The KwaZulu-Natal Provincial Legislature : political elite formation and change, 1994-2004.
MetadataShow full item record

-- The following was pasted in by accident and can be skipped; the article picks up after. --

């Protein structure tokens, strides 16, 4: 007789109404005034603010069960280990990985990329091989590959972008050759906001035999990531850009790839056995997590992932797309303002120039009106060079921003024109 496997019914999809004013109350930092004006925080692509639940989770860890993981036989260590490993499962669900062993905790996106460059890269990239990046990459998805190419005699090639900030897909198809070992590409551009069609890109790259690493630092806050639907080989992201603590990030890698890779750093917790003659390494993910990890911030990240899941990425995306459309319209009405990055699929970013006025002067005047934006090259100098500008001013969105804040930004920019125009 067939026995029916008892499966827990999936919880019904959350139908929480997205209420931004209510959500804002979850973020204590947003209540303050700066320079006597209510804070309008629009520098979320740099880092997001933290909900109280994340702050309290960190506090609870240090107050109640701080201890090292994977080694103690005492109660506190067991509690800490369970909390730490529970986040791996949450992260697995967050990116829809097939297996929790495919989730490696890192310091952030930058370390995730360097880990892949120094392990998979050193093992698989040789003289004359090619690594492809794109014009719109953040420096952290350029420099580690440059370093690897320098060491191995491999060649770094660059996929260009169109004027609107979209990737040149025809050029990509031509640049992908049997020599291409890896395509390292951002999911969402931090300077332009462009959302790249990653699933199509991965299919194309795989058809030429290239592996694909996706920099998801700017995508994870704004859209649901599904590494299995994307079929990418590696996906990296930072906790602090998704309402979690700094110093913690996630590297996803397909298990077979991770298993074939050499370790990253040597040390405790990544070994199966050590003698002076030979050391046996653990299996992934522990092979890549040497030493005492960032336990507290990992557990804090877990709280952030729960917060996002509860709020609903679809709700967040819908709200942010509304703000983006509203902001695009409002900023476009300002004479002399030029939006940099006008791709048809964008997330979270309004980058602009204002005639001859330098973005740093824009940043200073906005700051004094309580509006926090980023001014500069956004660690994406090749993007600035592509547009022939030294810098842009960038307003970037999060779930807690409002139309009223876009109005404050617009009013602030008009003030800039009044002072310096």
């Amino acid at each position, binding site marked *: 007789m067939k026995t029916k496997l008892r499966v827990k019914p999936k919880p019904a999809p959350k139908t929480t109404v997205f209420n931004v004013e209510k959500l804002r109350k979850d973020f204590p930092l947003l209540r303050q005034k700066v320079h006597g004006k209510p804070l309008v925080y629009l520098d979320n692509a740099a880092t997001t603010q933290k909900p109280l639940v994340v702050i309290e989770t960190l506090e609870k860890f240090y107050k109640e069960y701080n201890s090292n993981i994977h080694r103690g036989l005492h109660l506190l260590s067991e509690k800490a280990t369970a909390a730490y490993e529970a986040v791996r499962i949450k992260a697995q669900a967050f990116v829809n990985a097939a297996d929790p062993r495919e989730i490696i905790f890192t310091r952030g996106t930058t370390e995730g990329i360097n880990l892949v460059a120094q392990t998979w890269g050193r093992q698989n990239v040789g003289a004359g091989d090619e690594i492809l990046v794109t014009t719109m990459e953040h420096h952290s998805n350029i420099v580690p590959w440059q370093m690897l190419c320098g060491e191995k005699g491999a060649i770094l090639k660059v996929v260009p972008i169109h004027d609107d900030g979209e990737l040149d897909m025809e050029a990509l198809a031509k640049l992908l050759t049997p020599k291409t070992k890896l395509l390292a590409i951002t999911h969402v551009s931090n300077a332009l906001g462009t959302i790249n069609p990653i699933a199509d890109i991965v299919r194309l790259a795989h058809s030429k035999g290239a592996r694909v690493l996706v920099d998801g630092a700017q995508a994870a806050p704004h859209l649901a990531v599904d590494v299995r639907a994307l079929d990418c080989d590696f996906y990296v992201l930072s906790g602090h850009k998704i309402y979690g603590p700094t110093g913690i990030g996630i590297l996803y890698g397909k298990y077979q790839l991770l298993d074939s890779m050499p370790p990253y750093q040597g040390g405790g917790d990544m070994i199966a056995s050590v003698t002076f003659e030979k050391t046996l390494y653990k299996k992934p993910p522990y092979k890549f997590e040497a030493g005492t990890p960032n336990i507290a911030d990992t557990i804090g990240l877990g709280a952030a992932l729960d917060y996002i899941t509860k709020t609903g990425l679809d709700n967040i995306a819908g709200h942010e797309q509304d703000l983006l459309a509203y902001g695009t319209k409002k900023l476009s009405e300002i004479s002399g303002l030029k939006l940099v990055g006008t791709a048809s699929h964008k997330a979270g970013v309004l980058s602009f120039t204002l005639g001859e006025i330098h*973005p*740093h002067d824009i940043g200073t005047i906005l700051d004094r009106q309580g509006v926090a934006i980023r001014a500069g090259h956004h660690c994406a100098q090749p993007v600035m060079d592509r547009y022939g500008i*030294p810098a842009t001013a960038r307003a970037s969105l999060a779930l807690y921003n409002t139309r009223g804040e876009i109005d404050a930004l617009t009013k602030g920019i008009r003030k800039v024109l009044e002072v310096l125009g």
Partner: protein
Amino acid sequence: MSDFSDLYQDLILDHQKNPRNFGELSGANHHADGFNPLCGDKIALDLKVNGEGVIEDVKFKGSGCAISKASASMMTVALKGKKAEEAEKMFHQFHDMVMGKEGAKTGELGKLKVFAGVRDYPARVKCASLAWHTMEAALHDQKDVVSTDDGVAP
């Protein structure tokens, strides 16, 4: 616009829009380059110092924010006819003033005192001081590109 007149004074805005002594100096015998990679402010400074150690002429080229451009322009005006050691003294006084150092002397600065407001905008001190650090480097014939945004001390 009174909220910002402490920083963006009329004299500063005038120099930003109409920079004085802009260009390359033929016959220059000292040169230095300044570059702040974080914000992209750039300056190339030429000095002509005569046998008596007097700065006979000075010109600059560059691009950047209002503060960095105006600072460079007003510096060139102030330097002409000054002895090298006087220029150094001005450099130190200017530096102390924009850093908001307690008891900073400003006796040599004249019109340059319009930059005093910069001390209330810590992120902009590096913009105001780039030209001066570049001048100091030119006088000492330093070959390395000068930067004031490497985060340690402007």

This is a study, through extensive empirical fieldwork research, of political elite formation in the Provincial Legislature of KwaZulu-Natal over a ten-year period from 1994-2004. The period of this study covers two successive provincial government elections and two terms of office. The first election was the founding election of South Africa's new democracy. Through the frameworks of classical and democratic elite theory, the social and political composition, patterns of recruitment, values, ideology and institutional capacity of the elected members of the legislature are analysed. The findings of this study demonstrate that the new institutional context has provided for greater party fluidity and instability in the legislature of a political elite that came to power through fragmented and contradictory alliances, has become more homogenous, and for some, their contradictory affiliations tie their interests to the legislature. In addition, an emerging political culture of value systems and ideology is beginning to take shape across political parties in a manner that has the potential to undermine the democratic institutions of government. As a product of this, and an underdeveloped institutional capacity, certain issues dominate the provincial agenda as the elite come to redefine their interests. Alongside this the longevity of a few is guaranteed. As such, political elite formation in KwaZulu-Natal has the potential to undermine the basis of democracy in the province.